The main area of sustained populist growth in recent decades has been Western Europe, where populist parties have not only endured longer than expected, but have increasingly begun to enter government. Focusing on three high-profile cases in Italy and Switzerland – the Popolo della Libertà (PDL), Lega Nord (LN) and Schweizerische Volkspartei (SVP) – Populists in Power is the first in-depth comparative study to examine whether these parties are indeed doomed to failure in office as many commentators have claimed.
Albertazzi and McDonnell’s findings run contrary to much of the received wisdom. Based on extensive original research and fieldwork, they show that populist parties can be built to last, can achieve key policy victories and can survive the experience of government, without losing the support of either the voters or those within their parties.
Contributing a new perspective to studies in populist politics, Populists in Power is essential reading for undergraduate and postgraduate students, as well as scholars interested in modern government, parties and politics.
Table of Contents
1. Populists in Western Europe: From Periphery to Power 2. Forza Italia and the Popolo della Libertà 3. The Lega Nord 4. The Schweizerische Volkspartei 5.Elections 6. Pledges vs. Actions in Government 7. Members and Representatives - Reactions to Government Participation 8. Conclusions: Populists and Power Appendix 1. Summary of Relevant Political Events in Italy, 2008-2011 Appendix 2. Summary of Relevant Political Events: Switzerland 2003-2007 Index
Daniele Albertazzi is a Senior Lecturer in European Politics at the University of Birmingham, UK.
Duncan McDonnell is a Senior Lecturer in Politics at the School of Government and International Relations in Griffith University, Brisbane, Australia.
"As populist parties increasingly enter government coalitions we need solid academic research rather than received wisdom. Populists in Power is the first truly empirical systematic study on the topic, shattering many comforting old ‘truths’ and raising uncomfortable new issues"
-- Cas Mudde, Associate Professor, University of Georgia
"When mainstream parties can't prevent their populist rivals doing well in elections they can always take comfort in the fact that, if they ever do so well that they get into government, they're bound to make a mess of things, right? Wrong. In this fascinating book, McDonnell and Albertazzi take a look at all the available evidence - a good deal of which they themselves have gathered - and give the lie to this common and all-too-convenient wisdom"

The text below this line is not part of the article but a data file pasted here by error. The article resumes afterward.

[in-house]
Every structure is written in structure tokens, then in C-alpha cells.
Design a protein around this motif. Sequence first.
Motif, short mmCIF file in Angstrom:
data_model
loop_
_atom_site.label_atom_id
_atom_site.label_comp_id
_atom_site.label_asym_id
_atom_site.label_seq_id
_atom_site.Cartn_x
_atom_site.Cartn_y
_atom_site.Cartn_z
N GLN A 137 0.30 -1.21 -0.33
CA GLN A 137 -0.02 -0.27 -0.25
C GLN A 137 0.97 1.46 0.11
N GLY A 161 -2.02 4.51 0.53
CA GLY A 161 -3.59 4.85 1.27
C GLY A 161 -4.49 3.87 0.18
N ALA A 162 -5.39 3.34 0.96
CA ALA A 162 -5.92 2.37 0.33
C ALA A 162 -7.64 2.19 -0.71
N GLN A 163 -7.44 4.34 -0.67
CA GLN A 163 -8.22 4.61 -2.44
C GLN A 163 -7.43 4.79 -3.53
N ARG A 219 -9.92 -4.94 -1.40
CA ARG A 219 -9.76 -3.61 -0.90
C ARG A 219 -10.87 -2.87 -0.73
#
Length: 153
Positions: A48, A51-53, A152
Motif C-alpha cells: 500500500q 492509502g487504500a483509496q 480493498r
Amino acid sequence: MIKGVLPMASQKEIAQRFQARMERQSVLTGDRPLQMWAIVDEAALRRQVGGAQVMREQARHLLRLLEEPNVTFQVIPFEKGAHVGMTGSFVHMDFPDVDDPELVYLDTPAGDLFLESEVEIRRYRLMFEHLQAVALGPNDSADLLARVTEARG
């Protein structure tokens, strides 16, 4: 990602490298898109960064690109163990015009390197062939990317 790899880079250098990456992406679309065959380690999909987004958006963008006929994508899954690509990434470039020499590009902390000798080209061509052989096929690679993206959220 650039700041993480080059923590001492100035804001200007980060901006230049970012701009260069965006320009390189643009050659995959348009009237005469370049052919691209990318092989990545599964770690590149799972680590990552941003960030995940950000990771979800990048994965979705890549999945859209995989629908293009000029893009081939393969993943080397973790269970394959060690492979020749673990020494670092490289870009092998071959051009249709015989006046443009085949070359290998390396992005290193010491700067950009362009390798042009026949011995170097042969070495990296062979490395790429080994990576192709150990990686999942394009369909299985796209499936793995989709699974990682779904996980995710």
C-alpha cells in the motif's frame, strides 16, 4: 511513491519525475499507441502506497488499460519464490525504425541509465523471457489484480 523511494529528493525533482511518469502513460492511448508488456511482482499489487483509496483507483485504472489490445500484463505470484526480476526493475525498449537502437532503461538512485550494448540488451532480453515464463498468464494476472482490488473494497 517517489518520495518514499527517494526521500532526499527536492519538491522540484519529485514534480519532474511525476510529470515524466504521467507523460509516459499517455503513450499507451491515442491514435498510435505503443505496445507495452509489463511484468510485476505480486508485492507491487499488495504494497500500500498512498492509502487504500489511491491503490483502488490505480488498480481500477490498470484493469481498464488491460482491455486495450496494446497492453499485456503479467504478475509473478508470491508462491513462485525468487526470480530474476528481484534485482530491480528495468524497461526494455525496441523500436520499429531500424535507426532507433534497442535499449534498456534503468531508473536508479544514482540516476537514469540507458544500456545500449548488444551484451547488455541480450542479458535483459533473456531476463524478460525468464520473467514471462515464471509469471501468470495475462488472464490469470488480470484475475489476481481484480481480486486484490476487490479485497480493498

-- Tim Bale, Professor of Politics, Queen Mary University of London
"This book represents a key development in the study of European populism, showing through rigorous research that populism in power is not what many expect it to be. As populism grows and develops in Europe, this book advances our knowledge in ways that challenge conventional understanding and allows us to make sense of the growing realities of populists in power"
-- Paul Taggart, Professor of Politics, University of Sussex
"Albertazzi and McDonnell do an excellent job in presenting the ideologies, organizational models and recent experiences in power of the most important Italian and Swiss populist parties. The findings of this timely analysis of populists in power make an important contribution to the study of West European party systems"
--Hanspeter Kriesi, Stein Rokkan Chair of Comparative Politics, European University Institute, Florence
"Albertazzi (Univ. of Birmingham, UK) and McDonnell (Griffith Univ., Australia) challenge the conventional wisdom that populist (right-wing) parties in Europe are marginal actors that cannot govern effectively if they are included in a government, inevitably lose vote share after they are in government, and cannot deliver on their key programmatic promises...The book is written accessibly enough for advanced undergraduates."
--R. Kolodny, Temple University, CHOICE
"Methodologically it is an all-round study, comprising a broad array of data such as manifestos, key texts, policies, but also individual and group interviews of over 100 members and representatives and surveys. It is the first study that examines in-depth how representatives and members of the populist parties assess the experiences of their parties in government [...] This book will certainly stimulate further comparative research to test the claim that populism does not pose inherent problems when power is assumed. As an in depth small N study that provides rich and original research outcomes, Populists in Power is a must-read for everyone interested in the political prospects of populist parties."
-- Tjitske Akkerman, University of Amsterdam, in E-Extreme